In addition to studying yoga, I also am a musician. I write songs with people from their stories, and over the four years I lived in Brussels, Belgium I wrote songs with refugees and asylum seekers in the city. My co-volunteer and friend, who is also a poet, shared a book of poetry with me by students in Britain who were refugees. The book is called “England poems from a school,” and there is one poem in particular which inspired a song we wrote with a man from Syria and which also speaks to this idea of the pause that gives rise to a feeling of being between. In the writing of the song, we began with this poem and engaged in quite an interesting dialogue, replete with gesticulations and physically lining three people up in a row, to explain the idea of being “between,” which the resident told us was not a concept he was familiar with in Arabic.
I know the people on this path:
I know who were vagabond
but now are returning home; I know
who are losing their home; who
walk in front of me
with only one place to go.
I know who are like me:
I know they want to stay
in between the rain and the sun
on the path that begins
with the moon but ends with the sun.
I know what it’s like
to only half-understand
the words people say, to half-
belong in a room. I know
what it is to be in between.
Sophie Dunsby (17)
It is the words in the final stanza that speak to me most profoundly. As a being who is constantly on the move, even in my home country of United States I am more often than not in a new community where I do not ever feel like I am completely at home because I know that one day, sooner or later, I will be leaving. Living in countries where English is not the predominant language spoken, I struggle to understand what is happening around me; the meaning of signs and cultural idioms; explanations from medical practitioners; announcements over the loudspeaker on public transport; and the list goes on.
Moving from one place to another echoes this idea of the pause between one state of being and the next. The place you have left is no longer home, but the place where you have arrived does not yet feel familiar. I am noticing this with each new day I spend in my new “home” in northern France. I know from experience that soon I will create a rhythm that will bring familiarity to my life once more. Environs will seem less like photos from a travel magazine and more like my neighborhood. But in the in between time, I am like an outsider, a witness to life in this foreign land. I am here, watching, but I am almost not here. No one knows who I am. They might think I am here on holiday and just walking my dog around these narrow, winding roads for a few passing moments. They would not notice if I were suddenly gone.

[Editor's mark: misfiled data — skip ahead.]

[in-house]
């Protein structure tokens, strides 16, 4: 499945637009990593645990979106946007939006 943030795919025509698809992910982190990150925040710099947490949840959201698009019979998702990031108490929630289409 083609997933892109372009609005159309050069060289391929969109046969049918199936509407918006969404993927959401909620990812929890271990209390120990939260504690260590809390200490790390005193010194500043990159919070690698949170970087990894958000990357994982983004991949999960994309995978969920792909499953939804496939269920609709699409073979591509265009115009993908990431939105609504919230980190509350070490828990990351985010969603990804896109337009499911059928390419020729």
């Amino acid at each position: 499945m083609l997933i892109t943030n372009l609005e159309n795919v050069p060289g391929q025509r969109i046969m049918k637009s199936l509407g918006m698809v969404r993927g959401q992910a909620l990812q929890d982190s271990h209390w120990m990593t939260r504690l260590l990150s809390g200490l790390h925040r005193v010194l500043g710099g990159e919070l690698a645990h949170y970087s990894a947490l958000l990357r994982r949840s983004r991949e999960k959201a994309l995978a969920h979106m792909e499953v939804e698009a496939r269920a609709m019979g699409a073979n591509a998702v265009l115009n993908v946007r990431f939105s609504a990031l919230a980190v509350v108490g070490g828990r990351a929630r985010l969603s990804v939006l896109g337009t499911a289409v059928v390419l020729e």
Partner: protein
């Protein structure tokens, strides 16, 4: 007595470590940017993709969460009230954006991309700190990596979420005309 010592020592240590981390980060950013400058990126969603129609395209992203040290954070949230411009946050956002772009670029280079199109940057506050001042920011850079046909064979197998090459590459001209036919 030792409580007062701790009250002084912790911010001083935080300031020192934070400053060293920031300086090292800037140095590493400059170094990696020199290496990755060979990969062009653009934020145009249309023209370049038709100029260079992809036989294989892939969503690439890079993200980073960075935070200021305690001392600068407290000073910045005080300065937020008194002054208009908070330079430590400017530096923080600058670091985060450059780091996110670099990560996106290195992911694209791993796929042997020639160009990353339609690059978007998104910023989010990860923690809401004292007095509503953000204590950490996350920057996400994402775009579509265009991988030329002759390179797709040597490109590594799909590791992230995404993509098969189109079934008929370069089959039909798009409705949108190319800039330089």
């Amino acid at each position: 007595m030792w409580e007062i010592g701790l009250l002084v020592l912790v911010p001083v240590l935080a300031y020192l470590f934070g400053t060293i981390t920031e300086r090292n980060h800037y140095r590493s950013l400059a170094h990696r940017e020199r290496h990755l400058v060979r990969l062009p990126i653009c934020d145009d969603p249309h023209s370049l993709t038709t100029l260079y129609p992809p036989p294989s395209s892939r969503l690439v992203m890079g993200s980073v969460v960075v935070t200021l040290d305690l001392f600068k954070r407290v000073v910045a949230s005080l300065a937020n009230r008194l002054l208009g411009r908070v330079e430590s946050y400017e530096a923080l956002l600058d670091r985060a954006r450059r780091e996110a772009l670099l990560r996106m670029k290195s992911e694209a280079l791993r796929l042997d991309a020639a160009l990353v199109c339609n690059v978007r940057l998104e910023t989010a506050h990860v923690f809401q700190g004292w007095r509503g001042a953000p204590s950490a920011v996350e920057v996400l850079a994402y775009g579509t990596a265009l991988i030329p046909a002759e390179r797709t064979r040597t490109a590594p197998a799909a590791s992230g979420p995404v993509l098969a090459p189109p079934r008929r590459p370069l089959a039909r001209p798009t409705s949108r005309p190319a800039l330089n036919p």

The more I have reflected on this concept, I have begun to realize that I actively seek out the experience of a “pause” as a way to create balance and grounding in my ever-in-motion existence and as a means to cultivate quiet in my mind, body, and soul to counter the often frenetic pace of daily life. In my life in Brussels I spent hours each day, walking the many trails in the Forêt de Soignes (Sonian Wood). I often prolonged my walk, moving deeper into the forest rather than toward my home. Like Robert Frost and my yoga philosophy compatriot, I was not ready to return from the space between.
Today, the seasons shift from summer to fall, a tangible reminder of the shift between long days and perpetual growth to the quiet contemplation and rest of winter. There is a pause as between the exhalation and contented sigh of summer before the inhalation of crisp air of autumn. There is evidence of activity in the hauntingly beautiful spiderwebs I see as I walk in the cool morning. There is a fog that sits as a blanket just above the earth.
I feel my own blanket of fog settled above my shoulders. I see the world as if looking through a kaleidoscope.
I breathe in rhythm with the changing of the season. I, too, know what it is to be in between.